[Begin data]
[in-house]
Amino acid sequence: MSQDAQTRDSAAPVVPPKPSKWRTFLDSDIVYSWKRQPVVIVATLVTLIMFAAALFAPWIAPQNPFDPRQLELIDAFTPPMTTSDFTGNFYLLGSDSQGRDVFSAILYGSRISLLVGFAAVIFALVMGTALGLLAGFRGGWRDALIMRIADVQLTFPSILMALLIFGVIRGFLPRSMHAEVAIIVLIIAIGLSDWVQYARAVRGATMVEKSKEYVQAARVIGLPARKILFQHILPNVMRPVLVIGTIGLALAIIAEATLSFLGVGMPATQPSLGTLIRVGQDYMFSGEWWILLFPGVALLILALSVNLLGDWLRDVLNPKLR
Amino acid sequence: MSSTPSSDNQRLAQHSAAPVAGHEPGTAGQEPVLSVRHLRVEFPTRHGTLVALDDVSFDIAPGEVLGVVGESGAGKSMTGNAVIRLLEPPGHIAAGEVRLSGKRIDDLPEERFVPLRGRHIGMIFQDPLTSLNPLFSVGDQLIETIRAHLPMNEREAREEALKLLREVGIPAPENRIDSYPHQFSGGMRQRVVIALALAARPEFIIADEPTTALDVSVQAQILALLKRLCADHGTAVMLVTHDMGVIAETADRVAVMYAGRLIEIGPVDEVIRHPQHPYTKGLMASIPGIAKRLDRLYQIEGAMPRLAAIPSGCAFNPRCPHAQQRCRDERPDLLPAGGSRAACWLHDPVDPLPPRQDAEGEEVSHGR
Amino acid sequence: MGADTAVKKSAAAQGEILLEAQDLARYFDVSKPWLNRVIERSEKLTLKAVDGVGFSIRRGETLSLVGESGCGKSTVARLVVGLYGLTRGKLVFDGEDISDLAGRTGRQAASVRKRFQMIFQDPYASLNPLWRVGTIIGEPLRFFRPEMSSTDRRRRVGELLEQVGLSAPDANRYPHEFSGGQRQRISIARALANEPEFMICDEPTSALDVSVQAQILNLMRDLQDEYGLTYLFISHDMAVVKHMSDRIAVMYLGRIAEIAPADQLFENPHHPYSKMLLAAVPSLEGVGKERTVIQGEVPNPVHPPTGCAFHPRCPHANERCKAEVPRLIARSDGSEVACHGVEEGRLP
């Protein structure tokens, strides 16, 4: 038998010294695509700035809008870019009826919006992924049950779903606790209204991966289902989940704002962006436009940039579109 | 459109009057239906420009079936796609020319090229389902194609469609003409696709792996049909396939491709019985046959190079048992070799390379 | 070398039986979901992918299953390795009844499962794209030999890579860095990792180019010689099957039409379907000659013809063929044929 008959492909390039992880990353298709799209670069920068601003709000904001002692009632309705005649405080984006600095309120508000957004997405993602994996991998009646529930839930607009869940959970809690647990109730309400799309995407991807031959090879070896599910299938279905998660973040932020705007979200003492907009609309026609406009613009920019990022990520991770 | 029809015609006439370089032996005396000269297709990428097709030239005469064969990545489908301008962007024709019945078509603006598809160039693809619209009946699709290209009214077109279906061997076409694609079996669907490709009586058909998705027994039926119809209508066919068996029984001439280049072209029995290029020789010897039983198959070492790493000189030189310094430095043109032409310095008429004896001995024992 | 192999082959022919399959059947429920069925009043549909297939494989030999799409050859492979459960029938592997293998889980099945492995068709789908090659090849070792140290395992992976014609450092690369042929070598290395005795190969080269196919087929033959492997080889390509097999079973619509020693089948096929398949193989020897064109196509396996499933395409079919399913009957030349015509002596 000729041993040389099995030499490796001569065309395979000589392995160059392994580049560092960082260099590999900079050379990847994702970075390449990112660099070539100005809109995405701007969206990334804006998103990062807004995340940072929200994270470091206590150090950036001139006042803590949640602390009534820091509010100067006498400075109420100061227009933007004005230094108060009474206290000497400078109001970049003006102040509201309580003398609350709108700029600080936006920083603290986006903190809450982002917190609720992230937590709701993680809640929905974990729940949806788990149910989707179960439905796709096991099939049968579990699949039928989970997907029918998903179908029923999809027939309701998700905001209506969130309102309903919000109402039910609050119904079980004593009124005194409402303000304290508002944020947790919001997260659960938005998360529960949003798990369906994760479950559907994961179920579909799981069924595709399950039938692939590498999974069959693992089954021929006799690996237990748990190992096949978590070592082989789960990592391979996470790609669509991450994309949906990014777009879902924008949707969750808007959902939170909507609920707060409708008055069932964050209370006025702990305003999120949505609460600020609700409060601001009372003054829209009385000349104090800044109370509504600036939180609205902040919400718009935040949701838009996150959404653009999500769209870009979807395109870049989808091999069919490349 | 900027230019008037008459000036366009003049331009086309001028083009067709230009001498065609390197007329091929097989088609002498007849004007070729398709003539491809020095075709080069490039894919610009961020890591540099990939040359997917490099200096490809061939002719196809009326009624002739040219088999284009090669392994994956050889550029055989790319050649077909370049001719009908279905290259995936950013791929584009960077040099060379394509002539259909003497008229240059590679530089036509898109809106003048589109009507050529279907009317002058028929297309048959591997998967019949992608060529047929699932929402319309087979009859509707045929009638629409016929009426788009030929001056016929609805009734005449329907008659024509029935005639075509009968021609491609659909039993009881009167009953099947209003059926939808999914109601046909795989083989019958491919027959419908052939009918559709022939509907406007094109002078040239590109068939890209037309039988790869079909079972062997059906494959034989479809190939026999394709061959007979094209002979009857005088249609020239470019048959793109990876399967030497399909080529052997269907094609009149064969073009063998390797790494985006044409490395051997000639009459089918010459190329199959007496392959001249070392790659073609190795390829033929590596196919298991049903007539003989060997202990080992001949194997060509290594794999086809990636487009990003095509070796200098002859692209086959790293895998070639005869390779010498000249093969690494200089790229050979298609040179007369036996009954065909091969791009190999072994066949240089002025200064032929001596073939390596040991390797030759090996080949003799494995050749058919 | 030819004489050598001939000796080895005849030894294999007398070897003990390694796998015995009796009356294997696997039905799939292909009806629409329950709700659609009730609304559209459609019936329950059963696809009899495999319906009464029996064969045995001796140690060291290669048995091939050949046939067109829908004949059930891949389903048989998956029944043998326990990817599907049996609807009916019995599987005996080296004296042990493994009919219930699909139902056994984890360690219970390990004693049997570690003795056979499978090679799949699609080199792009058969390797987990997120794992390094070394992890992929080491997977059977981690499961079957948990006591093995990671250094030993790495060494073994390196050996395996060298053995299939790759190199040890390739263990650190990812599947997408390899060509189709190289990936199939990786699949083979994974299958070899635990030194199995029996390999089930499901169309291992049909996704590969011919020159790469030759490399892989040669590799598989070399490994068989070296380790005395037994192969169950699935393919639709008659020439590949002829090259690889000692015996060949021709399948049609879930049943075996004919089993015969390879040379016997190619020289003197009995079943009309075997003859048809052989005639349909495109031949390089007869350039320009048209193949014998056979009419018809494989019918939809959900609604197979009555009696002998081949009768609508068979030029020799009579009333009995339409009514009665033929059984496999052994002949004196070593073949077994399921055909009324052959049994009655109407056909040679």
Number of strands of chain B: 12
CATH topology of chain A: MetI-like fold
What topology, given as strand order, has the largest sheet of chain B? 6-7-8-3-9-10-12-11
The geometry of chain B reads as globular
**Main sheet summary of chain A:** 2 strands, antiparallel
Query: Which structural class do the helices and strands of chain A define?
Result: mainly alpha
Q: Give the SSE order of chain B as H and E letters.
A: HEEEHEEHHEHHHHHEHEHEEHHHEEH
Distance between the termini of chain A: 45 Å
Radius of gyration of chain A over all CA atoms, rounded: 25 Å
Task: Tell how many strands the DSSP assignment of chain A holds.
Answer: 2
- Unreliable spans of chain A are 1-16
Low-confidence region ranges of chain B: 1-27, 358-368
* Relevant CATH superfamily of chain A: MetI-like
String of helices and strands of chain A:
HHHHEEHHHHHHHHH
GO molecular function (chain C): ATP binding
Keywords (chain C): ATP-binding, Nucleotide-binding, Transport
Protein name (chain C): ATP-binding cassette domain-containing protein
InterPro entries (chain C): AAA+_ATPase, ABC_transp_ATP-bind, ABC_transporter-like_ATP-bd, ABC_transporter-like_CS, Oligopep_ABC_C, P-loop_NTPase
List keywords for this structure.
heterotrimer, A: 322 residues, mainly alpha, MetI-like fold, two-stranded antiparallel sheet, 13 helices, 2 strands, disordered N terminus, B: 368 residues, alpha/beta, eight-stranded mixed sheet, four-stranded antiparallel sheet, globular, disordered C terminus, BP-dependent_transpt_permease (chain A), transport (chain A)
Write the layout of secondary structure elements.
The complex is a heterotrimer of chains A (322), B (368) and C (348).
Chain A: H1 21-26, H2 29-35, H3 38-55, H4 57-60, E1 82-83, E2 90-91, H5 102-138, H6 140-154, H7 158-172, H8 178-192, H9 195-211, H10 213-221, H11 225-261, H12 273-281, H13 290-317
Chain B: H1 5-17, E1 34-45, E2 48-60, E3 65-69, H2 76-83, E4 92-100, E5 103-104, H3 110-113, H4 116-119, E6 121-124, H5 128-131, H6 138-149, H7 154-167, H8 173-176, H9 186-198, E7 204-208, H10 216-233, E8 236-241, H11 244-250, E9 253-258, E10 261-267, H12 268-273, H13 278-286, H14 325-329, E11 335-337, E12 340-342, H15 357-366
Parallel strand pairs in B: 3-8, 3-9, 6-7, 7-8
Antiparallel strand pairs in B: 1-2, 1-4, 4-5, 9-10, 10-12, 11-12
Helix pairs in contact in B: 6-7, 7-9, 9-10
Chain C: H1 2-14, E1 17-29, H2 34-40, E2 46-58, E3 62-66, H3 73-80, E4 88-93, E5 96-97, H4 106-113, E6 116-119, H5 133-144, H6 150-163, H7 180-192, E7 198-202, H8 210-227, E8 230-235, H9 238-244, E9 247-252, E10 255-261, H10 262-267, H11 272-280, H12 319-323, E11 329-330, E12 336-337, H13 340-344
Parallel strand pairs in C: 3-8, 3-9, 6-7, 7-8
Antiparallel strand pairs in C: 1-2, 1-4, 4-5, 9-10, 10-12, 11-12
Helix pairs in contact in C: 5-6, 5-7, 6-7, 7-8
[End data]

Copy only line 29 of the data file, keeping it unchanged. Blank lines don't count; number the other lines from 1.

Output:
heterotrimer, A: 322 residues, mainly alpha, MetI-like fold, two-stranded antiparallel sheet, 13 helices, 2 strands, disordered N terminus, B: 368 residues, alpha/beta, eight-stranded mixed sheet, four-stranded antiparallel sheet, globular, disordered C terminus, BP-dependent_transpt_permease (chain A), transport (chain A)